Certainly globalisation, with its freeing up of trade and finance, does seem to promote economic growth, but that wealth is ever more unevenly distributed and the social, cultural and environmental costs more and more evident to all. Whole populations, especially in the less developed world, are excluded from its supposed benefits, while still experiencing many of the worst effects.

Globalisation has been a long time coming, it is approaching a new stage of intensity, and it is a process of fundamental importance to humans on Earth. It is a new way of organising people and resources, and for that reason alone it is vitally important. It also brings with it new ideas, deliberately propagated by governments and think tanks, or more or less inadvertently by mass advertising. This represents an unprecedented impact on the minds and lives of almost everyone on Earth. But these people do not feel like they are necessarily being given a choice regarding this great change. It will therefore generate growing dissent, conflict and probably violence. The question, then, in relation to our attention to this issue should perhaps not be Why now?, but rather Why so late?

With the imminent disappearance of anything like a culture of public intellectual discourse in western, and thus increasingly global society, the mass media may be too focused on the colourful video image and slick sound bite to provide an appropriate means for determining the relative importance of events. It took real organisation, much of it utilising the new communications technology, to arrange the protests against globalisation, but it took the masked anarchists and the police in their Darth Vader outfits to get them into the news. And the news stories generated debate about the issue.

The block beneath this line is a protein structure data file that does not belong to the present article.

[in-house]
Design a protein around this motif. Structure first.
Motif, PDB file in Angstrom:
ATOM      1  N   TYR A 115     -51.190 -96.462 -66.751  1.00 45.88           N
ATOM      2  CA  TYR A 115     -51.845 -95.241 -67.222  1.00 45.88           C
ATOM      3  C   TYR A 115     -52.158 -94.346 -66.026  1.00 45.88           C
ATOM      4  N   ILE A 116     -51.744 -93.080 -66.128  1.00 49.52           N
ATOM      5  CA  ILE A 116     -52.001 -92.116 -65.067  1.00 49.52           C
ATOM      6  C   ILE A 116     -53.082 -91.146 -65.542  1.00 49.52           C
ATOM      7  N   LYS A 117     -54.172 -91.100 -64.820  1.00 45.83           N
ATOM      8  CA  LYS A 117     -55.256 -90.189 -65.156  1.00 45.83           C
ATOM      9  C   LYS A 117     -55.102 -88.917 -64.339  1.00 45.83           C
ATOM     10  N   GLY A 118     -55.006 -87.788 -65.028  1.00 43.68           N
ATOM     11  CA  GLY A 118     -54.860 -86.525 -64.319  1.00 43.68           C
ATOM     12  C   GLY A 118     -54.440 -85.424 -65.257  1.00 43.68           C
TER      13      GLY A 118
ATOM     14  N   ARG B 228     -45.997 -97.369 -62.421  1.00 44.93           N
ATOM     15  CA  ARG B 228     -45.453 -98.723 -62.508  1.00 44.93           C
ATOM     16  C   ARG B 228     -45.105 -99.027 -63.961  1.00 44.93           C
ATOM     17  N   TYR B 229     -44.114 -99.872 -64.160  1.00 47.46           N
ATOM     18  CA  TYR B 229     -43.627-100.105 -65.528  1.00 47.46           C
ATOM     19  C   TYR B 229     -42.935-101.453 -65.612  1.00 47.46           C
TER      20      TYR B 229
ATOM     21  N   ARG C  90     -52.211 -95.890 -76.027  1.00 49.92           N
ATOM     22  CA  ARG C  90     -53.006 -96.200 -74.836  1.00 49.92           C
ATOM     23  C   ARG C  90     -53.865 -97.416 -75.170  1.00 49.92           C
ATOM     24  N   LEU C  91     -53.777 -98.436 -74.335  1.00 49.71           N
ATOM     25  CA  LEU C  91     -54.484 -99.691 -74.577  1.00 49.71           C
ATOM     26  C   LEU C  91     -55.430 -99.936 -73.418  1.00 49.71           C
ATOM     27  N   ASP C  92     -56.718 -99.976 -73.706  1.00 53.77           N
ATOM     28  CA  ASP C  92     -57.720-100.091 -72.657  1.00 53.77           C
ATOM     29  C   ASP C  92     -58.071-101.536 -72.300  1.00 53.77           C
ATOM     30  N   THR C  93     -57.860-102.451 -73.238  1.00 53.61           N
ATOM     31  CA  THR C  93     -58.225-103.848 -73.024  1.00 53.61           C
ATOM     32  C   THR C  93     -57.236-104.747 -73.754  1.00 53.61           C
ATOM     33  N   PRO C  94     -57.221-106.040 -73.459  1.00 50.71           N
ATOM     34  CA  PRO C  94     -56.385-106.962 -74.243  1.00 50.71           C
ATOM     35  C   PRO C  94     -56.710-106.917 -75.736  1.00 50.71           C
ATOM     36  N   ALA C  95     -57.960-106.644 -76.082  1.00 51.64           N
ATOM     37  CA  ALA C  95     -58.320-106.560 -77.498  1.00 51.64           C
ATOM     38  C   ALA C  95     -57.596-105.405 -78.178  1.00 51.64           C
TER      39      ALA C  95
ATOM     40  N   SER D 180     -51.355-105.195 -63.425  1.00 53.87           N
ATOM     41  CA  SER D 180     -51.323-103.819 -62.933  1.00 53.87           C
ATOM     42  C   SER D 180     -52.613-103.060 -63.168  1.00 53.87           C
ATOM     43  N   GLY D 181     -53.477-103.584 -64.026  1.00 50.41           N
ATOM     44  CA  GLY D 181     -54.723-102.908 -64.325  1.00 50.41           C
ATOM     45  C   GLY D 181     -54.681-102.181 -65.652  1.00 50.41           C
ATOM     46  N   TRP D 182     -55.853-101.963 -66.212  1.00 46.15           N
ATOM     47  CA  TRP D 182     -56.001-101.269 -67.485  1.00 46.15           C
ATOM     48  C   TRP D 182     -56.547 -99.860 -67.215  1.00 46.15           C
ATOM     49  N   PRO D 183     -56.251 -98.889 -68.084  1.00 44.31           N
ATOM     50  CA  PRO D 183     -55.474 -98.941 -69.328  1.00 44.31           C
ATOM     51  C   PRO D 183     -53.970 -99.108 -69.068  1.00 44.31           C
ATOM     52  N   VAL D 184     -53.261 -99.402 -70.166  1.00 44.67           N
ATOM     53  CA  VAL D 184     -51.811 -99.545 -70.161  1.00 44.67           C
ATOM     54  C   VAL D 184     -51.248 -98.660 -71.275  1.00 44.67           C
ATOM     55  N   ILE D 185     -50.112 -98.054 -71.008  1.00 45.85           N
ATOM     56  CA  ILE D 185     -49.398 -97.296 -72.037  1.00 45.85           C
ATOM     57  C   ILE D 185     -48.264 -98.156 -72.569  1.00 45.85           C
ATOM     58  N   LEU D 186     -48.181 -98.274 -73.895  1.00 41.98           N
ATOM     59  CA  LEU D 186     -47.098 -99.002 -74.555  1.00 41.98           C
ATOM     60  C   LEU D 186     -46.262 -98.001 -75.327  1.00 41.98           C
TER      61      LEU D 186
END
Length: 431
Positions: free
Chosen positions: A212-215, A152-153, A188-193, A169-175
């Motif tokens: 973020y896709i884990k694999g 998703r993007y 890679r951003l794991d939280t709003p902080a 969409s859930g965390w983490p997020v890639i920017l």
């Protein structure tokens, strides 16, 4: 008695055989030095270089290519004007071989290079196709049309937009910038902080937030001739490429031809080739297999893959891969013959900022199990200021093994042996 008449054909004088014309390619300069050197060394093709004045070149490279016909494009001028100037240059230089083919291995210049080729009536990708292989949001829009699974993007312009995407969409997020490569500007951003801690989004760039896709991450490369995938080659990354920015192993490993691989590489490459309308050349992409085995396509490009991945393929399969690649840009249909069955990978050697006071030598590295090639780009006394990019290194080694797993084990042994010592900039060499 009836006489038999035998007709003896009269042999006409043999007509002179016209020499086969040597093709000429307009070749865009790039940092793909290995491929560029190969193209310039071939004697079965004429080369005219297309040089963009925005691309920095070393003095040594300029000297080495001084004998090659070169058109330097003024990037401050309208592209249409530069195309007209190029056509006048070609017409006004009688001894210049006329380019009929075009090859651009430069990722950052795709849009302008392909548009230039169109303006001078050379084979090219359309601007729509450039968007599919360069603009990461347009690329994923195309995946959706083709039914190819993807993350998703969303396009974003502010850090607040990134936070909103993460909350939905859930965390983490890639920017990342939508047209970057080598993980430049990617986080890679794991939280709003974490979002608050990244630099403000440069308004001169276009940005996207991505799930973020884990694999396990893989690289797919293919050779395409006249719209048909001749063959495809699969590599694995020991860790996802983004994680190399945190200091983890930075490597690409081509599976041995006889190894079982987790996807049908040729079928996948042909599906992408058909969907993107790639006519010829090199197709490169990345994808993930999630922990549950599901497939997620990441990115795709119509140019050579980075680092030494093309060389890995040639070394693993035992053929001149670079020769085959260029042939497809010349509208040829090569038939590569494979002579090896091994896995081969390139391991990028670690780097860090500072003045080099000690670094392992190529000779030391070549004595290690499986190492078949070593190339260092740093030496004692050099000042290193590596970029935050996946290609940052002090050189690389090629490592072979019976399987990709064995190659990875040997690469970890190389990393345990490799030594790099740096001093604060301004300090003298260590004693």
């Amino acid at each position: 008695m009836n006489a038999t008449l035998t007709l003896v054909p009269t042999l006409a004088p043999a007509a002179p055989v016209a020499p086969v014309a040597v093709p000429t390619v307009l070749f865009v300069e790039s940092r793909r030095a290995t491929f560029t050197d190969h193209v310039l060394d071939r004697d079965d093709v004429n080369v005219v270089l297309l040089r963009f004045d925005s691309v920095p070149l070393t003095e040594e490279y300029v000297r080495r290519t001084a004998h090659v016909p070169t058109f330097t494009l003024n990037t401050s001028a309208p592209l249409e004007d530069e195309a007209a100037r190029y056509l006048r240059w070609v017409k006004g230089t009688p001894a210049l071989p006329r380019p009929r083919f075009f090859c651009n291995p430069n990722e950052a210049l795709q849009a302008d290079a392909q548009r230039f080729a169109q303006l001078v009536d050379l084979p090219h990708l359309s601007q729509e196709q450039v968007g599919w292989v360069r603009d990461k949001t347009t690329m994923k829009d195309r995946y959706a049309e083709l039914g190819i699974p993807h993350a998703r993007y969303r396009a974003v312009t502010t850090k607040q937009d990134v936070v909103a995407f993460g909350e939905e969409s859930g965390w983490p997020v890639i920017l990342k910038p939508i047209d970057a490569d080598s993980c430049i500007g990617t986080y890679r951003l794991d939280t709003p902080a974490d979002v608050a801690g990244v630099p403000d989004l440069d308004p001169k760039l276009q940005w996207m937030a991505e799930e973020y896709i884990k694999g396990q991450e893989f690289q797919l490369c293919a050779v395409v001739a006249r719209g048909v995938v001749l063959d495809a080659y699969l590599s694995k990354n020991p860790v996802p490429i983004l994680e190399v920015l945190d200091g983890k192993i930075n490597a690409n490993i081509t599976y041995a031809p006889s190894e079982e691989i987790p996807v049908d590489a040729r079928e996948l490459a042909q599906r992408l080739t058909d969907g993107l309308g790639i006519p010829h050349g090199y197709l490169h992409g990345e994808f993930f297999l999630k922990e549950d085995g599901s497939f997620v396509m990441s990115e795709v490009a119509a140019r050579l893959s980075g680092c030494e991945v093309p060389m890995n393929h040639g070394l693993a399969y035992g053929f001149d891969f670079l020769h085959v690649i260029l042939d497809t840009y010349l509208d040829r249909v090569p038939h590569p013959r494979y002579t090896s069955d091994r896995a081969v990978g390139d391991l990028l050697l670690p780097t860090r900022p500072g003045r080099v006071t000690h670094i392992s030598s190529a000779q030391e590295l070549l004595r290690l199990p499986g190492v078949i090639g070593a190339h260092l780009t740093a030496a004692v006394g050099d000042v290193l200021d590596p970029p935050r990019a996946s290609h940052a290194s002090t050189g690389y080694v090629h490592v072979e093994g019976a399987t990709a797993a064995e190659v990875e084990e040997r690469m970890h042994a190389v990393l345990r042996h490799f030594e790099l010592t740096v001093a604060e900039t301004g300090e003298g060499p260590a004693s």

But then again, given the sclerotic nature of what passes for political leadership on the world stage these days, how else was it going to happen?

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About the Author

Dr Peter McMahon has worked in a number of jobs including in politics at local, state and federal level. He has also taught Australian studies, politics and political economy at university level, and until recently he taught sustainable development at Murdoch University. He has been published in various newspapers, journals and magazines in Australia and has written a short history of economic development and sustainability in Western Australia. His book Global Control: Information Technology and Globalisation was published in the UK in 2002. He is now an independent researcher and writer on issues related to global change.